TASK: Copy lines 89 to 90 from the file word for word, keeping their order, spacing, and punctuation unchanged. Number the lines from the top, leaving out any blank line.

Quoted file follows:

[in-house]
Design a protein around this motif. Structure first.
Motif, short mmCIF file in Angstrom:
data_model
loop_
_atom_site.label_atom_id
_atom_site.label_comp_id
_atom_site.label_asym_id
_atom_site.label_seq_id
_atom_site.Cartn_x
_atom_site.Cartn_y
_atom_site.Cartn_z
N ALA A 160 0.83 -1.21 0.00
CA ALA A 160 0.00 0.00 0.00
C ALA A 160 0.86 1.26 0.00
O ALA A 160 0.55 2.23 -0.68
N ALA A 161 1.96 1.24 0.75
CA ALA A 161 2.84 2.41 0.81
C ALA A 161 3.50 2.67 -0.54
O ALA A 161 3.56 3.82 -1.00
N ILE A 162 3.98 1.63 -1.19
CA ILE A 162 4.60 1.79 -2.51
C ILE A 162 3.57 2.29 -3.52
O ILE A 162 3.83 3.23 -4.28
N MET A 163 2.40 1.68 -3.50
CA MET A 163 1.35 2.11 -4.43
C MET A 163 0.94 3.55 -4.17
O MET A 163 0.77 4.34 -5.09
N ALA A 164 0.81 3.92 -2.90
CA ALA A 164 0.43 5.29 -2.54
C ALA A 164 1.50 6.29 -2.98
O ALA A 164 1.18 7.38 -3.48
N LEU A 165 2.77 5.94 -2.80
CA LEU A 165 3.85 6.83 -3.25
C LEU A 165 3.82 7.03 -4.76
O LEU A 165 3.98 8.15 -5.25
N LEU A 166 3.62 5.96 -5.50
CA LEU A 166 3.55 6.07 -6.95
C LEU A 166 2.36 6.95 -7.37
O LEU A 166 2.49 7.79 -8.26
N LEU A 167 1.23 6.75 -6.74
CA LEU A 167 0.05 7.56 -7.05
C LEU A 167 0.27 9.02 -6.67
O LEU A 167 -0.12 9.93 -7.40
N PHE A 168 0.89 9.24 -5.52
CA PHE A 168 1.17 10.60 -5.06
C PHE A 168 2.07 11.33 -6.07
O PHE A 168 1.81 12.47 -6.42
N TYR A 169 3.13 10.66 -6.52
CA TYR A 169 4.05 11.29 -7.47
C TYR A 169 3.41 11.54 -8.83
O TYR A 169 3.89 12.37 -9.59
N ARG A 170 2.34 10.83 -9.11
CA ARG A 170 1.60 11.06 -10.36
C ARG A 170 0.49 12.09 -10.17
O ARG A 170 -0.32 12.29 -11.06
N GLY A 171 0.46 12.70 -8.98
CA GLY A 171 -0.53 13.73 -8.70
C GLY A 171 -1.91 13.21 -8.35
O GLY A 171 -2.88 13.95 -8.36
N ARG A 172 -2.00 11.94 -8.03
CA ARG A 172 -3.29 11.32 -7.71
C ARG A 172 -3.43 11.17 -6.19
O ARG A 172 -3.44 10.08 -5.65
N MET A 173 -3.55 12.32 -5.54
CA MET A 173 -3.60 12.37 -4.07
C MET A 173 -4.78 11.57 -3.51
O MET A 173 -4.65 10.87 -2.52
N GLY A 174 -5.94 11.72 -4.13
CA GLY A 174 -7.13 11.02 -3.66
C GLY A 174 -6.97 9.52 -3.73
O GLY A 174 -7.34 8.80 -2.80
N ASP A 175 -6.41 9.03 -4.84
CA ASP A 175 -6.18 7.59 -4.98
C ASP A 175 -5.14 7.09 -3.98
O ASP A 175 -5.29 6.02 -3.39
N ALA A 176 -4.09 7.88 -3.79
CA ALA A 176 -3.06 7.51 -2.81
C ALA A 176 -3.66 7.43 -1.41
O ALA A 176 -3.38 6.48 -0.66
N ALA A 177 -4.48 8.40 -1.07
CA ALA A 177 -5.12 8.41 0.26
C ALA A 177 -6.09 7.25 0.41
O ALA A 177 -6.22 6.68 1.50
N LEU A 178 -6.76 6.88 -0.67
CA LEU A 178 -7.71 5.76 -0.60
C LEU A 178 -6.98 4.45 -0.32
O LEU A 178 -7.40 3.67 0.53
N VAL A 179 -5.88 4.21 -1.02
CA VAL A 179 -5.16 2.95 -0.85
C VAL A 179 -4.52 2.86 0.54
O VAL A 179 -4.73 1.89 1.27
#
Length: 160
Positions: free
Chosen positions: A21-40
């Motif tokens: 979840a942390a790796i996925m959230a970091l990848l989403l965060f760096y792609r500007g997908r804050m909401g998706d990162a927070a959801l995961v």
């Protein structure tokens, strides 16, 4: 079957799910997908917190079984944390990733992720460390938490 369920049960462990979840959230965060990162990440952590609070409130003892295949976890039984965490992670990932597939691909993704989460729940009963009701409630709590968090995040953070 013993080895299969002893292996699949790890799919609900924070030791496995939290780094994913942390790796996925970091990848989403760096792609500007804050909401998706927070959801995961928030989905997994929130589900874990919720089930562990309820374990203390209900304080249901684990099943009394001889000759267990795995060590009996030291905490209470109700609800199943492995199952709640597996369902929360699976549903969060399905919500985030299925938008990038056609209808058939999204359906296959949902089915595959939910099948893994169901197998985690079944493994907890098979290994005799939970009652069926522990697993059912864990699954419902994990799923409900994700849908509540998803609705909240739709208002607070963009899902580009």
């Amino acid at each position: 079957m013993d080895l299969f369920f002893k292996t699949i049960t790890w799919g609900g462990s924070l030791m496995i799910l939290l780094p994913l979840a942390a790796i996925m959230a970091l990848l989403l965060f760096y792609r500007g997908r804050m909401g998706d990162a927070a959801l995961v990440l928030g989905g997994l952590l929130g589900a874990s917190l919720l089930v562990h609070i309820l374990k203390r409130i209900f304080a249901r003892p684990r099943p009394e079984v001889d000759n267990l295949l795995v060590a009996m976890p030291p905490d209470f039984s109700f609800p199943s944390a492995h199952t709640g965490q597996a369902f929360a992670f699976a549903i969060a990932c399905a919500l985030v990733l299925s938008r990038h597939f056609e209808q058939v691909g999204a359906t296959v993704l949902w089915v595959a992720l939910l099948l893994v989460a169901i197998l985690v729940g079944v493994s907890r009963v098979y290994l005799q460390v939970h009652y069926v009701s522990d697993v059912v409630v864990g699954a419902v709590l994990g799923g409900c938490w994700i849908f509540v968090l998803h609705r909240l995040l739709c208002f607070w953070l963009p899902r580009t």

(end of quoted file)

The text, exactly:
N VAL A 179 -5.88 4.21 -1.02
CA VAL A 179 -5.16 2.95 -0.85